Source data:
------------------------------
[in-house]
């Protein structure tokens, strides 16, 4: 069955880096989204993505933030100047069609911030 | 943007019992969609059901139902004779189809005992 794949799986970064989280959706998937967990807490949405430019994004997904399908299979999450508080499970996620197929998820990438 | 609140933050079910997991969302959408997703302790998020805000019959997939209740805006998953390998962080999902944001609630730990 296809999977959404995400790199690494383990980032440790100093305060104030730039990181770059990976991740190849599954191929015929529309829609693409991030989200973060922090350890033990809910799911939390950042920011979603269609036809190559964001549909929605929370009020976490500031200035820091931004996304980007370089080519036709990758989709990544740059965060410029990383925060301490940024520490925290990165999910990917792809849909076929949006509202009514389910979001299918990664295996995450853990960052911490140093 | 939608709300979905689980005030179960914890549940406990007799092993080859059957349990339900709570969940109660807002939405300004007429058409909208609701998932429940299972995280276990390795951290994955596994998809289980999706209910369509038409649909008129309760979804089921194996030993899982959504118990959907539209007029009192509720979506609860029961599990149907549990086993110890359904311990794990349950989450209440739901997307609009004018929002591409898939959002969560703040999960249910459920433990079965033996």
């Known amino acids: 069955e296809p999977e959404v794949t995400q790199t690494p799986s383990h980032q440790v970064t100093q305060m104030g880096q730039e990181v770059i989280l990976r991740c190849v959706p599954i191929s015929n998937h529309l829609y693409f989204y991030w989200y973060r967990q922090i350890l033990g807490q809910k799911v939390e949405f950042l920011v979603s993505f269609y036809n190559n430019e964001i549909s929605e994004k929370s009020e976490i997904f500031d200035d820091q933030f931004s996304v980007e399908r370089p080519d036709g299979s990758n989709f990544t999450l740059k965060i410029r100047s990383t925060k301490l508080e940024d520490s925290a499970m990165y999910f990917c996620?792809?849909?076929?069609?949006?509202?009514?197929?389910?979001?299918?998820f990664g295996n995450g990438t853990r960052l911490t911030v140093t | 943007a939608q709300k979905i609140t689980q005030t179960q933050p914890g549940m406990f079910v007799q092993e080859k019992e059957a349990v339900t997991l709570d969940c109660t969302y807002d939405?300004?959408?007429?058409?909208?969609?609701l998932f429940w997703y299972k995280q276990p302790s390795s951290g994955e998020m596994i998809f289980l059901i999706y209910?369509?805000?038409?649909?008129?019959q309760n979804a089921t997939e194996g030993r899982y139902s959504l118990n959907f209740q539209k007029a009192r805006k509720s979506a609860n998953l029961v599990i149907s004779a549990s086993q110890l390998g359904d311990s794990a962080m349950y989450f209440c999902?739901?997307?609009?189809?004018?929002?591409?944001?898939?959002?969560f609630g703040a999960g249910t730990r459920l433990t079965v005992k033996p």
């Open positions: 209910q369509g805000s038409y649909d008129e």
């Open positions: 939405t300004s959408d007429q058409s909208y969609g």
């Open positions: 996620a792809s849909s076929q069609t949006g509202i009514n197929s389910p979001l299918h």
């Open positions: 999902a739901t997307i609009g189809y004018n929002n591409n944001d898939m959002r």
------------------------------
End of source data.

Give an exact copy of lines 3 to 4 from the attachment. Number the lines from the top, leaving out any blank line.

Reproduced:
């Known amino acids: 069955e296809p999977e959404v794949t995400q790199t690494p799986s383990h980032q440790v970064t100093q305060m104030g880096q730039e990181v770059i989280l990976r991740c190849v959706p599954i191929s015929n998937h529309l829609y693409f989204y991030w989200y973060r967990q922090i350890l033990g807490q809910k799911v939390e949405f950042l920011v979603s993505f269609y036809n190559n430019e964001i549909s929605e994004k929370s009020e976490i997904f500031d200035d820091q933030f931004s996304v980007e399908r370089p080519d036709g299979s990758n989709f990544t999450l740059k965060i410029r100047s990383t925060k301490l508080e940024d520490s925290a499970m990165y999910f990917c996620?792809?849909?076929?069609?949006?509202?009514?197929?389910?979001?299918?998820f990664g295996n995450g990438t853990r960052l911490t911030v140093t | 943007a939608q709300k979905i609140t689980q005030t179960q933050p914890g549940m406990f079910v007799q092993e080859k019992e059957a349990v339900t997991l709570d969940c109660t969302y807002d939405?300004?959408?007429?058409?909208?969609?609701l998932f429940w997703y299972k995280q276990p302790s390795s951290g994955e998020m596994i998809f289980l059901i999706y209910?369509?805000?038409?649909?008129?019959q309760n979804a089921t997939e194996g030993r899982y139902s959504l118990n959907f209740q539209k007029a009192r805006k509720s979506a609860n998953l029961v599990i149907s004779a549990s086993q110890l390998g359904d311990s794990a962080m349950y989450f209440c999902?739901?997307?609009?189809?004018?929002?591409?944001?898939?959002?969560f609630g703040a999960g249910t730990r459920l433990t079965v005992k033996p």
């Open positions: 209910q369509g805000s038409y649909d008129e």